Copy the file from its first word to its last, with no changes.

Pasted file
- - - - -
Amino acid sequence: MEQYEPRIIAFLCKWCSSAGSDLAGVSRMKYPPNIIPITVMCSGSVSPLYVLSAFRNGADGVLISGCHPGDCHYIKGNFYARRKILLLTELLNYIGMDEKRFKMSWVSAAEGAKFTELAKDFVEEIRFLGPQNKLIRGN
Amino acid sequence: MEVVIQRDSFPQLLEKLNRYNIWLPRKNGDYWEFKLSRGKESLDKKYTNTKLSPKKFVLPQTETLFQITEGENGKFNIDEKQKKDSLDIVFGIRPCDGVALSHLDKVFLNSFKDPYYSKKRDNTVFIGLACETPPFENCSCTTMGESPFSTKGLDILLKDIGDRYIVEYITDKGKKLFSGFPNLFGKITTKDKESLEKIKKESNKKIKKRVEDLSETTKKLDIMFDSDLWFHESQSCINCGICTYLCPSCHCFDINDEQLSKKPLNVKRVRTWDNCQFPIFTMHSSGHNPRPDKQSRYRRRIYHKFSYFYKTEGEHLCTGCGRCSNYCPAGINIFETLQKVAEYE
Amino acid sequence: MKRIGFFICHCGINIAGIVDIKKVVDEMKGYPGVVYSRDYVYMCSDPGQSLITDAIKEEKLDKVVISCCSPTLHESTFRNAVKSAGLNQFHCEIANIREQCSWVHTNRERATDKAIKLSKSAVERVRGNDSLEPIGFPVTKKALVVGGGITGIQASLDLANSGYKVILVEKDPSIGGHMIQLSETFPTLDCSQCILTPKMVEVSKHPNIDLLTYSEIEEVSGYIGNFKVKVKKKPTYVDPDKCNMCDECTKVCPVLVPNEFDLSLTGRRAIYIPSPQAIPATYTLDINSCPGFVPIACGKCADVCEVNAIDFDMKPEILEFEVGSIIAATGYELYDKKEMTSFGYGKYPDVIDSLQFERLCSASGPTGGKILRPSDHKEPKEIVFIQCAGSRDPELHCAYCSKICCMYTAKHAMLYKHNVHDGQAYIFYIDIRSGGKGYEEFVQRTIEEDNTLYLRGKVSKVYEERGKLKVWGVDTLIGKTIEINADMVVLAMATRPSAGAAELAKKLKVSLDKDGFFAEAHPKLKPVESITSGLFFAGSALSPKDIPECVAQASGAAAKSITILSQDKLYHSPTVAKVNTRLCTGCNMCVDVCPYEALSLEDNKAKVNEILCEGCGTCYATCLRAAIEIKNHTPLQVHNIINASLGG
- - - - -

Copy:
Amino acid sequence: MEQYEPRIIAFLCKWCSSAGSDLAGVSRMKYPPNIIPITVMCSGSVSPLYVLSAFRNGADGVLISGCHPGDCHYIKGNFYARRKILLLTELLNYIGMDEKRFKMSWVSAAEGAKFTELAKDFVEEIRFLGPQNKLIRGN
Amino acid sequence: MEVVIQRDSFPQLLEKLNRYNIWLPRKNGDYWEFKLSRGKESLDKKYTNTKLSPKKFVLPQTETLFQITEGENGKFNIDEKQKKDSLDIVFGIRPCDGVALSHLDKVFLNSFKDPYYSKKRDNTVFIGLACETPPFENCSCTTMGESPFSTKGLDILLKDIGDRYIVEYITDKGKKLFSGFPNLFGKITTKDKESLEKIKKESNKKIKKRVEDLSETTKKLDIMFDSDLWFHESQSCINCGICTYLCPSCHCFDINDEQLSKKPLNVKRVRTWDNCQFPIFTMHSSGHNPRPDKQSRYRRRIYHKFSYFYKTEGEHLCTGCGRCSNYCPAGINIFETLQKVAEYE
Amino acid sequence: MKRIGFFICHCGINIAGIVDIKKVVDEMKGYPGVVYSRDYVYMCSDPGQSLITDAIKEEKLDKVVISCCSPTLHESTFRNAVKSAGLNQFHCEIANIREQCSWVHTNRERATDKAIKLSKSAVERVRGNDSLEPIGFPVTKKALVVGGGITGIQASLDLANSGYKVILVEKDPSIGGHMIQLSETFPTLDCSQCILTPKMVEVSKHPNIDLLTYSEIEEVSGYIGNFKVKVKKKPTYVDPDKCNMCDECTKVCPVLVPNEFDLSLTGRRAIYIPSPQAIPATYTLDINSCPGFVPIACGKCADVCEVNAIDFDMKPEILEFEVGSIIAATGYELYDKKEMTSFGYGKYPDVIDSLQFERLCSASGPTGGKILRPSDHKEPKEIVFIQCAGSRDPELHCAYCSKICCMYTAKHAMLYKHNVHDGQAYIFYIDIRSGGKGYEEFVQRTIEEDNTLYLRGKVSKVYEERGKLKVWGVDTLIGKTIEINADMVVLAMATRPSAGAAELAKKLKVSLDKDGFFAEAHPKLKPVESITSGLFFAGSALSPKDIPECVAQASGAAAKSITILSQDKLYHSPTVAKVNTRLCTGCNMCVDVCPYEALSLEDNKAKVNEILCEGCGTCYATCLRAAIEIKNHTPLQVHNIINASLGG